On Their Own and Presumed Expert: New Teachers’ Experience with Their Colleagues
by Susan M. Kardos & Susan Moore Johnson — 2007
In order to develop effective strategies for retaining able and committed teachers, it is important to understand how new teachers experience their work with their colleagues. A previous qualitative study conducted by the authors and others presented a conceptual framework for understanding new teachers’ experiences of the professional culture of their schools. The prior work suggested that new teachers might be more likely to stay in teaching and remain at their schools when they work in what the authors called integrated professional cultures, which promote frequent and reciprocal interaction among faculty members across experience levels; recognize new teachers’ needs as beginners; and develop shared responsibility among teachers for the school.
Focus of Study:
This study uses the concept of integrated professional culture to frame an inquiry about new teachers’ experiences at their schools and with their colleagues.
The study examines the experiences of a representative random sample of 486 first- and second-year teachers surveyed in four states (California, Florida, Massachusetts, and Michigan). Participants were chosen using two-stage stratified cluster sampling. The mail survey achieved a response rate of 65 percent. The authors conducted descriptive analyses of the questionnaire data and summarized new teachers’ experiences in a series of comparative tables.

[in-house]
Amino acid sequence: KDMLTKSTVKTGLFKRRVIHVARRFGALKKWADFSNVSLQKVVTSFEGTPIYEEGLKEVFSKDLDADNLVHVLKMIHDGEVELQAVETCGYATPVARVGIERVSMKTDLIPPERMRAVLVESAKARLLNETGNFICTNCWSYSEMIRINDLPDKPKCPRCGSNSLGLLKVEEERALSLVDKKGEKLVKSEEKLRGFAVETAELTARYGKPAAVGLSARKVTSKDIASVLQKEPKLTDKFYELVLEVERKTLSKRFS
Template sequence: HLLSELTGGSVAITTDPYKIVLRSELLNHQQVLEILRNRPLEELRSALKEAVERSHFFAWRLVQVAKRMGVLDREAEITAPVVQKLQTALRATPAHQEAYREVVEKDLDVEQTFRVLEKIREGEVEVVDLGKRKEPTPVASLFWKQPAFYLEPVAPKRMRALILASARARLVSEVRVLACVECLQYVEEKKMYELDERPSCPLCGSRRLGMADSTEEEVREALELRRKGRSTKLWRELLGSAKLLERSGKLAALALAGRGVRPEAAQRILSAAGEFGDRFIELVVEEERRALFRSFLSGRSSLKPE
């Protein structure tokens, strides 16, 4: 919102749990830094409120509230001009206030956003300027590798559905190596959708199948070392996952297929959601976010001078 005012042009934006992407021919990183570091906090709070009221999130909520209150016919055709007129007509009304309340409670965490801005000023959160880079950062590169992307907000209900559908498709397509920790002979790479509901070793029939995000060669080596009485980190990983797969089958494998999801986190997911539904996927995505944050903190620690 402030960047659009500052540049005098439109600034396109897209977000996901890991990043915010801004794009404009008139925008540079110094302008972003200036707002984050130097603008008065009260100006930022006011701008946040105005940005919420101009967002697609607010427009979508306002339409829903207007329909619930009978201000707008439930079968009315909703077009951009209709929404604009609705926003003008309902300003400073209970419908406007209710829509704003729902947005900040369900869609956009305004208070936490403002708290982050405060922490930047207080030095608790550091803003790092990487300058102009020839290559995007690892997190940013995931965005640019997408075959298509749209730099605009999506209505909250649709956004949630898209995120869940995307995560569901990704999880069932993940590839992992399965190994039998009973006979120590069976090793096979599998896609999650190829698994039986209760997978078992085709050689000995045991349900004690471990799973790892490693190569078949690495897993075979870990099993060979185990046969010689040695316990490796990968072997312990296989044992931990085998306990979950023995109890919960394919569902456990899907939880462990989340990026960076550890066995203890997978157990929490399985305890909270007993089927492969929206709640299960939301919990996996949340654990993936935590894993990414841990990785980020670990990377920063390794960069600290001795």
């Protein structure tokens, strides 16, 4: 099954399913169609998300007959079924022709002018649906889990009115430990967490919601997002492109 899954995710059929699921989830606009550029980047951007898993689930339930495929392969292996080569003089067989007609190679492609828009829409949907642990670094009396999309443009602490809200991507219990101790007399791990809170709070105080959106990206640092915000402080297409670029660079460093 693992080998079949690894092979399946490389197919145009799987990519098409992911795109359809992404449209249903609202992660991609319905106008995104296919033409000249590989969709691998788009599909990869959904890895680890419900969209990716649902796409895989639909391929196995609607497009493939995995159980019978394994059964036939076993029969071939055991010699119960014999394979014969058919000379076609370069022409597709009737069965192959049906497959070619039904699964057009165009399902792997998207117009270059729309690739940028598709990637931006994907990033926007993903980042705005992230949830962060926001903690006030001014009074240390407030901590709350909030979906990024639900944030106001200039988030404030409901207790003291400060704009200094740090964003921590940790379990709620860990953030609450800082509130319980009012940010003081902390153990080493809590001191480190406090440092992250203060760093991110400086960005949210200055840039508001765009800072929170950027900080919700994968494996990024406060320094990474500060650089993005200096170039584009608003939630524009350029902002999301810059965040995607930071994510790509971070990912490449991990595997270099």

The data revealed that many novice teachers report that their work is solitary, that they are expected to be prematurely expert and independent, and that their fellow teachers do not share a sense of collective responsibility for their school. In integrated professional cultures, new teachers interact with experienced colleagues in an ongoing way. However, the authors found that approximately one-half (in CA and MI) to two-thirds (in FL and MA) of new teachers generally plan and teach alone. In integrated professional cultures, new teachers are recognized as novices and offered extra assistance; however, the authors found that less than one-third (MI) to less than one-half (CA) reported that extra assistance was available to them. Finally, in integrated professional cultures, teachers share a sense of collective responsibility for the school. However, less than half of the new teachers in the four states reported that teachers share responsibility for the students in their school. Taken together, these findings reveal that many new teachers work without the support of integrated professional cultures. Given these findings, the authors discuss in detail what policymakers and school leaders can do to address the critical challenge of supporting new teachers.
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